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Hi All

We are getting our first lab on 3rd October and are so unbelievably excited. My parents were KC registered breeders of cavalier king charles spaniels when we were children, so there was always a house full of dogs. As such we've always had spaniels in the family but I have always loved those big friendly labs.

My son is six and has had one hell of a time over the last 12months, being bereaved and then having multiple breaks due to bone cysts. He's been through the mill. So I decided it was time to bring a little, or rather a big, amount of sunshine into his life and get him a lab. He's sooooo excited to do training etc. We're getting a fox red pup, which is KC registered with health checks on both parents, and my son has decided to call him Fred as it is the perfect merge of Fox and Red :)

We're looking forward to our lab adventures and will no doubt be on this forum a lot for advice and fun once the mayhem begins

Lynne
 

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Welcome Lynne. Labradors are not the easiest babies, but they grow up into the most gorgeous creatures. While I type this I have Chloe laid in the back of my chair, with her head and front paws on my lap, snoring loudly.
 

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Hi and welcome.
You can't beat a Lab to brighten up your life. Love the name. My son's 12yr old Lab is Fred too, although he was named after Freddie Mercury from Queen.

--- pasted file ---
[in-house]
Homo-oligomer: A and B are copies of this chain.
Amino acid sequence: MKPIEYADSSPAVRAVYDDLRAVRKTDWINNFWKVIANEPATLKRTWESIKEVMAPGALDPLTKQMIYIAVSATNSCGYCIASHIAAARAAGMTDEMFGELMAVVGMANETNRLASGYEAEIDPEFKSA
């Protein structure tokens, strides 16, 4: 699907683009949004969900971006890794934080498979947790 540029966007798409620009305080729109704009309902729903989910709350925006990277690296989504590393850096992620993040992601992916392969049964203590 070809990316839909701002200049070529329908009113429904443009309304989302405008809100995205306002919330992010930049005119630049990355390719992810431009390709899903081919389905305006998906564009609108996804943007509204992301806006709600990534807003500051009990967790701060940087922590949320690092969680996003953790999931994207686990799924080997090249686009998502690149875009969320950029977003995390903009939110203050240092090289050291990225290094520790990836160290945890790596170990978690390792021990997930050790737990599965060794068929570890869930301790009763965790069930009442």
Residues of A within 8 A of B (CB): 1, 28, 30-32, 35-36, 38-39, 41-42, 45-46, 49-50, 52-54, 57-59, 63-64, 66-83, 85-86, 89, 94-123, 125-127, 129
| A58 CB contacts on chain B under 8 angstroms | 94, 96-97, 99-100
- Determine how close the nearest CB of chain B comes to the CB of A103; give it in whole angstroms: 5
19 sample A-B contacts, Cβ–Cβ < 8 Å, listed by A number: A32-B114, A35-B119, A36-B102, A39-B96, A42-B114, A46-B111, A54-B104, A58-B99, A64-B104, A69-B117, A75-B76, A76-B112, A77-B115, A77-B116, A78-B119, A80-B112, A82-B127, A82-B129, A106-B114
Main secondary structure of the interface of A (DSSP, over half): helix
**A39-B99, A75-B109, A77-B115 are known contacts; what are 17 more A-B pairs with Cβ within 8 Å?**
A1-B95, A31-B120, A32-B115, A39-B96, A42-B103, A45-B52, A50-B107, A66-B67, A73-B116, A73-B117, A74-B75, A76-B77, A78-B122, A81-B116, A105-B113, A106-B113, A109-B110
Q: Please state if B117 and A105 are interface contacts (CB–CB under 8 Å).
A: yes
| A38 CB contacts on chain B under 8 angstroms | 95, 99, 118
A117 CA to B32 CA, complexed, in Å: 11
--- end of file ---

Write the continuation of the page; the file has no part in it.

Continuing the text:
Good luck with your pup.
 
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I have a Freddie Mercury too, a bit of a showman.
F8B13A36-6A19-4224-996A-BF8E39D108C3.jpeg
 
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Puppy should be arriving a month today, so here's a few things to think about. Something I wrote a while back.

There is a very old saying, which my boss regularly used to quote at work, when things got hectic. The cleaned up version went, “When you are up to your backside in Alligators, it’s difficult to remember that the object of the exercise was to drain the swamp!” I don’t think there can be many people, during the early days of puppy ownership who don’t at some time think that they have made the biggest mistake of their life. Owning a young puppy is HARD WORK! But it does get easier, then it gets to be a joy. Trouble is, puppies grow fast, and subconsciously we start to think they are older than they really are. After all, what would you expect from a 12 week old human baby? Add to that, Labrador puppies are not one of the easiest breeds. I often think when I see books, or articles in magazines talking about pups and saying how easy Labradors are, “You’ve obviously never owned one!”